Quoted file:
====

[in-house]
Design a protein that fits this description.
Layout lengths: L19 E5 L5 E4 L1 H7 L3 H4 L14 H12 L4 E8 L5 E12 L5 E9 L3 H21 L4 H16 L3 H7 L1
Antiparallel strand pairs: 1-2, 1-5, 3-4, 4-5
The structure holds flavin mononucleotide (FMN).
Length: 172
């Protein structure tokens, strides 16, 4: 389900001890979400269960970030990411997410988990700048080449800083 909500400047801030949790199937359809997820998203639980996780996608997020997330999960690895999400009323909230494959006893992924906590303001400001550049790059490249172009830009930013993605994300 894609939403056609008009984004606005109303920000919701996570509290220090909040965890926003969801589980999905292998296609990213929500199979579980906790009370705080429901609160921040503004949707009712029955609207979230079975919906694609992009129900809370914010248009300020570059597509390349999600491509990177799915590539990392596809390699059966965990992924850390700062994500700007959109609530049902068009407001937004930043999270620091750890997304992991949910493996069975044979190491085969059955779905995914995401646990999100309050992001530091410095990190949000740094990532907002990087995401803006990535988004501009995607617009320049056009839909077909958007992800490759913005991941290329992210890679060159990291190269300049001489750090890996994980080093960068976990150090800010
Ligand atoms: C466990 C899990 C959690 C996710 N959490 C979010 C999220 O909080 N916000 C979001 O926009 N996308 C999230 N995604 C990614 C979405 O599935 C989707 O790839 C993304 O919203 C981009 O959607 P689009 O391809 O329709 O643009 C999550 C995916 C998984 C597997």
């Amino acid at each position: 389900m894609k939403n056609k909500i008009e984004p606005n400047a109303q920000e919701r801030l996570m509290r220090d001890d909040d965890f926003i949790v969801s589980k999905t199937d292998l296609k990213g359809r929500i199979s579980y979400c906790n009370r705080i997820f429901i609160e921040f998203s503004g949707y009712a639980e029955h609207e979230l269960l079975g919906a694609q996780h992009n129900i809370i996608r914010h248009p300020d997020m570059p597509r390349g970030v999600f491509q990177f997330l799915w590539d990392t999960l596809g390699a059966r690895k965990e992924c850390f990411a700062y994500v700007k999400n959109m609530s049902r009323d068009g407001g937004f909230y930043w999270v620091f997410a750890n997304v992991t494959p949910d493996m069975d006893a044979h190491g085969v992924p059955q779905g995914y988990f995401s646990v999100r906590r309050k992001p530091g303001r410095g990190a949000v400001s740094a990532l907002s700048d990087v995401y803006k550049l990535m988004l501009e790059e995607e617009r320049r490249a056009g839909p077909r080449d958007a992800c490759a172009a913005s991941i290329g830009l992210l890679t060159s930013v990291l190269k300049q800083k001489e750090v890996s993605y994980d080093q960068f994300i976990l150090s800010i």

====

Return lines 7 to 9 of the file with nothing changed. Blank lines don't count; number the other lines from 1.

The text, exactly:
């Protein structure tokens, strides 16, 4: 389900001890979400269960970030990411997410988990700048080449800083 909500400047801030949790199937359809997820998203639980996780996608997020997330999960690895999400009323909230494959006893992924906590303001400001550049790059490249172009830009930013993605994300 894609939403056609008009984004606005109303920000919701996570509290220090909040965890926003969801589980999905292998296609990213929500199979579980906790009370705080429901609160921040503004949707009712029955609207979230079975919906694609992009129900809370914010248009300020570059597509390349999600491509990177799915590539990392596809390699059966965990992924850390700062994500700007959109609530049902068009407001937004930043999270620091750890997304992991949910493996069975044979190491085969059955779905995914995401646990999100309050992001530091410095990190949000740094990532907002990087995401803006990535988004501009995607617009320049056009839909077909958007992800490759913005991941290329992210890679060159990291190269300049001489750090890996994980080093960068976990150090800010
Ligand atoms: C466990 C899990 C959690 C996710 N959490 C979010 C999220 O909080 N916000 C979001 O926009 N996308 C999230 N995604 C990614 C979405 O599935 C989707 O790839 C993304 O919203 C981009 O959607 P689009 O391809 O329709 O643009 C999550 C995916 C998984 C597997």
């Amino acid at each position: 389900m894609k939403n056609k909500i008009e984004p606005n400047a109303q920000e919701r801030l996570m509290r220090d001890d909040d965890f926003i949790v969801s589980k999905t199937d292998l296609k990213g359809r929500i199979s579980y979400c906790n009370r705080i997820f429901i609160e921040f998203s503004g949707y009712a639980e029955h609207e979230l269960l079975g919906a694609q996780h992009n129900i809370i996608r914010h248009p300020d997020m570059p597509r390349g970030v999600f491509q990177f997330l799915w590539d990392t999960l596809g390699a059966r690895k965990e992924c850390f990411a700062y994500v700007k999400n959109m609530s049902r009323d068009g407001g937004f909230y930043w999270v620091f997410a750890n997304v992991t494959p949910d493996m069975d006893a044979h190491g085969v992924p059955q779905g995914y988990f995401s646990v999100r906590r309050k992001p530091g303001r410095g990190a949000v400001s740094a990532l907002s700048d990087v995401y803006k550049l990535m988004l501009e790059e995607e617009r320049r490249a056009g839909p077909r080449d958007a992800c490759a172009a913005s991941i290329g830009l992210l890679t060159s930013v990291l190269k300049q800083k001489e750090v890996s993605y994980d080093q960068f994300i976990l150090s800010i």